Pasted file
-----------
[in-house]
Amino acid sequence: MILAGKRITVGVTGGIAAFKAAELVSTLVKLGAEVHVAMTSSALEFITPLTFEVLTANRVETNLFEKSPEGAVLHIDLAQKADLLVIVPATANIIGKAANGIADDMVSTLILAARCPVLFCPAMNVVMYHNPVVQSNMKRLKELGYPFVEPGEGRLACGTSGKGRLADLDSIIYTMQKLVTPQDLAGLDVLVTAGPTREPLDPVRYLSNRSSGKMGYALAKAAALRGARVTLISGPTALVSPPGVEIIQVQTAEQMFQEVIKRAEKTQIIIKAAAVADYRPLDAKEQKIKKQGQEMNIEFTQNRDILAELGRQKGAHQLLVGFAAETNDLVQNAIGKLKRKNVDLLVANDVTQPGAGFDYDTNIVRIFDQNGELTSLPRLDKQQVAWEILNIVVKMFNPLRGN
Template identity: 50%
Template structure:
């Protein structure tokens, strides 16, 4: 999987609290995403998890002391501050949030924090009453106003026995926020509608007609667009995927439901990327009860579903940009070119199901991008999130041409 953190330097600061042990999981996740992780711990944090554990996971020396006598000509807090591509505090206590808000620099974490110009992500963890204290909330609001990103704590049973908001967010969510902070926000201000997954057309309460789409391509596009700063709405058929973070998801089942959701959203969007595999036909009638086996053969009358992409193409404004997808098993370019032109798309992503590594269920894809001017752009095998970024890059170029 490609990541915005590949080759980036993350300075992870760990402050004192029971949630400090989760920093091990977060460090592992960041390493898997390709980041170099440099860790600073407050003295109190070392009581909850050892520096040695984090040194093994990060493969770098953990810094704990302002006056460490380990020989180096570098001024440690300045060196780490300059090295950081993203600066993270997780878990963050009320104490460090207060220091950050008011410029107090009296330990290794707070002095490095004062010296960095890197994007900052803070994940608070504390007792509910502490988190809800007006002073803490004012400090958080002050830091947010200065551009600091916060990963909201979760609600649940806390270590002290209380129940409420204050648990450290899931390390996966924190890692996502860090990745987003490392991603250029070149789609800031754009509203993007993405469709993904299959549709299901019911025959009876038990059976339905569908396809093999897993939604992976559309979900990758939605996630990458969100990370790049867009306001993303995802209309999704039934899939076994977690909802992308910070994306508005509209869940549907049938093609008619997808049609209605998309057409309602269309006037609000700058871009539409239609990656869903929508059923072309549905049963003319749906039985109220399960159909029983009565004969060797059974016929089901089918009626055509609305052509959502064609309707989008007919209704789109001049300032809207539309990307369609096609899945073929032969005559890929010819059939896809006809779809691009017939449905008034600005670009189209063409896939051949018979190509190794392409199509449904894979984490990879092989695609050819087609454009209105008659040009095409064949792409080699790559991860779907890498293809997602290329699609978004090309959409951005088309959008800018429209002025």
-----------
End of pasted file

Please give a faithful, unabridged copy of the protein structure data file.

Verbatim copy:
[in-house]
Amino acid sequence: MILAGKRITVGVTGGIAAFKAAELVSTLVKLGAEVHVAMTSSALEFITPLTFEVLTANRVETNLFEKSPEGAVLHIDLAQKADLLVIVPATANIIGKAANGIADDMVSTLILAARCPVLFCPAMNVVMYHNPVVQSNMKRLKELGYPFVEPGEGRLACGTSGKGRLADLDSIIYTMQKLVTPQDLAGLDVLVTAGPTREPLDPVRYLSNRSSGKMGYALAKAAALRGARVTLISGPTALVSPPGVEIIQVQTAEQMFQEVIKRAEKTQIIIKAAAVADYRPLDAKEQKIKKQGQEMNIEFTQNRDILAELGRQKGAHQLLVGFAAETNDLVQNAIGKLKRKNVDLLVANDVTQPGAGFDYDTNIVRIFDQNGELTSLPRLDKQQVAWEILNIVVKMFNPLRGN
Template identity: 50%
Template structure:
């Protein structure tokens, strides 16, 4: 999987609290995403998890002391501050949030924090009453106003026995926020509608007609667009995927439901990327009860579903940009070119199901991008999130041409 953190330097600061042990999981996740992780711990944090554990996971020396006598000509807090591509505090206590808000620099974490110009992500963890204290909330609001990103704590049973908001967010969510902070926000201000997954057309309460789409391509596009700063709405058929973070998801089942959701959203969007595999036909009638086996053969009358992409193409404004997808098993370019032109798309992503590594269920894809001017752009095998970024890059170029 490609990541915005590949080759980036993350300075992870760990402050004192029971949630400090989760920093091990977060460090592992960041390493898997390709980041170099440099860790600073407050003295109190070392009581909850050892520096040695984090040194093994990060493969770098953990810094704990302002006056460490380990020989180096570098001024440690300045060196780490300059090295950081993203600066993270997780878990963050009320104490460090207060220091950050008011410029107090009296330990290794707070002095490095004062010296960095890197994007900052803070994940608070504390007792509910502490988190809800007006002073803490004012400090958080002050830091947010200065551009600091916060990963909201979760609600649940806390270590002290209380129940409420204050648990450290899931390390996966924190890692996502860090990745987003490392991603250029070149789609800031754009509203993007993405469709993904299959549709299901019911025959009876038990059976339905569908396809093999897993939604992976559309979900990758939605996630990458969100990370790049867009306001993303995802209309999704039934899939076994977690909802992308910070994306508005509209869940549907049938093609008619997808049609209605998309057409309602269309006037609000700058871009539409239609990656869903929508059923072309549905049963003319749906039985109220399960159909029983009565004969060797059974016929089901089918009626055509609305052509959502064609309707989008007919209704789109001049300032809207539309990307369609096609899945073929032969005559890929010819059939896809006809779809691009017939449905008034600005670009189209063409896939051949018979190509190794392409199509449904894979984490990879092989695609050819087609454009209105008659040009095409064949792409080699790559991860779907890498293809997602290329699609978004090309959409951005088309959008800018429209002025």